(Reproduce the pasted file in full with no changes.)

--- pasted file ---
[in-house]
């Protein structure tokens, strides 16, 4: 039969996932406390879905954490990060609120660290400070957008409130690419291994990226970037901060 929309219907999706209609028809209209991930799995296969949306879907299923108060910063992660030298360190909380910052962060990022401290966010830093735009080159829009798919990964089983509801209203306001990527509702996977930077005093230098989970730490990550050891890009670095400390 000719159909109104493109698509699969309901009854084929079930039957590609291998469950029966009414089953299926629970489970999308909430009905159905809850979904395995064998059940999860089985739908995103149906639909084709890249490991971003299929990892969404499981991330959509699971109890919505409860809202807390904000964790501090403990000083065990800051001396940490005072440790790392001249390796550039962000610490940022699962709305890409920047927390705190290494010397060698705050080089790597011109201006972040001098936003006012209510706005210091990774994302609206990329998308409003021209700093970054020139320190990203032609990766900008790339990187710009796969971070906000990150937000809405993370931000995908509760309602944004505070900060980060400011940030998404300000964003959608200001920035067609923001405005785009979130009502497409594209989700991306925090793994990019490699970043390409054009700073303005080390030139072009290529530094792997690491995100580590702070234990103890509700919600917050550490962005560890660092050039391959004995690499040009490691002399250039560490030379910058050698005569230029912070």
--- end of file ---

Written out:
[in-house]
């Protein structure tokens, strides 16, 4: 039969996932406390879905954490990060609120660290400070957008409130690419291994990226970037901060 929309219907999706209609028809209209991930799995296969949306879907299923108060910063992660030298360190909380910052962060990022401290966010830093735009080159829009798919990964089983509801209203306001990527509702996977930077005093230098989970730490990550050891890009670095400390 000719159909109104493109698509699969309901009854084929079930039957590609291998469950029966009414089953299926629970489970999308909430009905159905809850979904395995064998059940999860089985739908995103149906639909084709890249490991971003299929990892969404499981991330959509699971109890919505409860809202807390904000964790501090403990000083065990800051001396940490005072440790790392001249390796550039962000610490940022699962709305890409920047927390705190290494010397060698705050080089790597011109201006972040001098936003006012209510706005210091990774994302609206990329998308409003021209700093970054020139320190990203032609990766900008790339990187710009796969971070906000990150937000809405993370931000995908509760309602944004505070900060980060400011940030998404300000964003959608200001920035067609923001405005785009979130009502497409594209989700991306925090793994990019490699970043390409054009700073303005080390030139072009290529530094792997690491995100580590702070234990103890509700919600917050550490962005560890660092050039391959004995690499040009490691002399250039560490030379910058050698005569230029912070």